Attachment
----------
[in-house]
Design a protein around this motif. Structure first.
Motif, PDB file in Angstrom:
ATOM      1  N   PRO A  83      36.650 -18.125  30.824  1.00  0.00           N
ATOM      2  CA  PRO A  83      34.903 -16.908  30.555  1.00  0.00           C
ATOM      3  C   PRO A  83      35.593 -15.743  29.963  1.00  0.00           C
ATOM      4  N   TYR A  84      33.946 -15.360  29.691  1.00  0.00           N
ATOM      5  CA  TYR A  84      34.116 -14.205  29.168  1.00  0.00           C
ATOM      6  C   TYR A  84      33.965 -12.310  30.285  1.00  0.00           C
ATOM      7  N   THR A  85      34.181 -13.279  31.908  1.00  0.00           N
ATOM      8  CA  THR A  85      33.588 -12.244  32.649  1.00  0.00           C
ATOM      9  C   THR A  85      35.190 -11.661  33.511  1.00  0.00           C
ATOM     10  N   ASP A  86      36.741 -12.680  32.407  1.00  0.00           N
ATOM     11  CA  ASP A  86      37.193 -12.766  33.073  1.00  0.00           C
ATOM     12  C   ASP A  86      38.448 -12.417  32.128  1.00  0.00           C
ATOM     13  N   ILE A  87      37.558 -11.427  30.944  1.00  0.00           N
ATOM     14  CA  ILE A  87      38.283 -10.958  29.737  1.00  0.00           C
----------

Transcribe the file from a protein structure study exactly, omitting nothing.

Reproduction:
[in-house]
Design a protein around this motif. Structure first.
Motif, PDB file in Angstrom:
ATOM      1  N   PRO A  83      36.650 -18.125  30.824  1.00  0.00           N
ATOM      2  CA  PRO A  83      34.903 -16.908  30.555  1.00  0.00           C
ATOM      3  C   PRO A  83      35.593 -15.743  29.963  1.00  0.00           C
ATOM      4  N   TYR A  84      33.946 -15.360  29.691  1.00  0.00           N
ATOM      5  CA  TYR A  84      34.116 -14.205  29.168  1.00  0.00           C
ATOM      6  C   TYR A  84      33.965 -12.310  30.285  1.00  0.00           C
ATOM      7  N   THR A  85      34.181 -13.279  31.908  1.00  0.00           N
ATOM      8  CA  THR A  85      33.588 -12.244  32.649  1.00  0.00           C
ATOM      9  C   THR A  85      35.190 -11.661  33.511  1.00  0.00           C
ATOM     10  N   ASP A  86      36.741 -12.680  32.407  1.00  0.00           N
ATOM     11  CA  ASP A  86      37.193 -12.766  33.073  1.00  0.00           C
ATOM     12  C   ASP A  86      38.448 -12.417  32.128  1.00  0.00           C
ATOM     13  N   ILE A  87      37.558 -11.427  30.944  1.00  0.00           N
ATOM     14  CA  ILE A  87      38.283 -10.958  29.737  1.00  0.00           C